Objective: This review focussed on the role of the endocannabinoid system in relation to pain transmission and modulation. Various facets of both naturally occurring and synthetic cannabinoids (CBs) were explored in an effort to ascertain their suitability in the treatment and management of pain.
Methods: The endocannabinoid system and the physiology of CBs were reviewed in isolation and in relation to their hypothesized role in treating pain.
Results: Cannabinoids have a more significant effect in instances of chronic pain than acute pain. Inhibitory mechanisms may be more effective than direct activation of the cannabinoid receptors. Many clinical trials of both genuine and synthetic cannabis-mediated analgesia have provided negative or equivocal results.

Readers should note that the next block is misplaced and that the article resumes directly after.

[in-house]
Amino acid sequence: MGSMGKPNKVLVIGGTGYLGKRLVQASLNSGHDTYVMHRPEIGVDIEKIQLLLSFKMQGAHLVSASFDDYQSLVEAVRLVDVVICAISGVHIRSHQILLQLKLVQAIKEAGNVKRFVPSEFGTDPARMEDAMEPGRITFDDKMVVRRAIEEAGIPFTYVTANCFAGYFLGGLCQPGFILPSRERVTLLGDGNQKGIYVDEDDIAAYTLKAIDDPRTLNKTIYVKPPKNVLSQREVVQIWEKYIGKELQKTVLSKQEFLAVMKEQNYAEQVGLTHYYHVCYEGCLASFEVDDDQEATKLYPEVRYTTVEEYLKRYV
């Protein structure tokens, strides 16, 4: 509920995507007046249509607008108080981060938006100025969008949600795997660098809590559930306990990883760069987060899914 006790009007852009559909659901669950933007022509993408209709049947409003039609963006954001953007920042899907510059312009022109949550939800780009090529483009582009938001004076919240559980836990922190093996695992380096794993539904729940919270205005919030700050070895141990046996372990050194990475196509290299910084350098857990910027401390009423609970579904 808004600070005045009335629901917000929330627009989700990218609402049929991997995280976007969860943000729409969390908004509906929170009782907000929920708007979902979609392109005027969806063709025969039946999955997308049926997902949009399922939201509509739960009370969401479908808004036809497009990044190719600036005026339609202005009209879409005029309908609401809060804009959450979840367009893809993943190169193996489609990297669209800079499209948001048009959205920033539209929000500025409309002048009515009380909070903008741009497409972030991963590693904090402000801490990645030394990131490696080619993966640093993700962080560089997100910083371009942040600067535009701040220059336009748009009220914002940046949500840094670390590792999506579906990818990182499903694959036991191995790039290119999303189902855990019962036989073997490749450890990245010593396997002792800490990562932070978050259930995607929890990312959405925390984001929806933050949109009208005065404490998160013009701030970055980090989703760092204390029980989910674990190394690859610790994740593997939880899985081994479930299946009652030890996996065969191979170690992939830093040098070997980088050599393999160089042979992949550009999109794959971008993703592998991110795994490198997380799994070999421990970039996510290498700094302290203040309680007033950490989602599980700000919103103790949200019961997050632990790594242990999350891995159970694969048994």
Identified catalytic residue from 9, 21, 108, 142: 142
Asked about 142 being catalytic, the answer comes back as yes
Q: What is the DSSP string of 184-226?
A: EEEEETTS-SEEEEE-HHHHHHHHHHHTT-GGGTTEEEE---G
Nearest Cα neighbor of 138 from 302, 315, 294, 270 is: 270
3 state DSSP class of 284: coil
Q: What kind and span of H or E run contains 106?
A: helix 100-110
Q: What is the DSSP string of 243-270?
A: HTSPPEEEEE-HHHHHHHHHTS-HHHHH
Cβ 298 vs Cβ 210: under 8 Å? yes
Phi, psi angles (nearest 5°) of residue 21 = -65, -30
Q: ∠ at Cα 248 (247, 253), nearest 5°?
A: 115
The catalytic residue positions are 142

Conclusion: Medications prepared with cannabinoid receptor agonists or with drugs that enhance endocannabinoid function (by either increasing release or diminishing reuptake of endocannabinoids) may afford the novel therapeutic approaches demanded by disorders in which pain is a prominent symptom.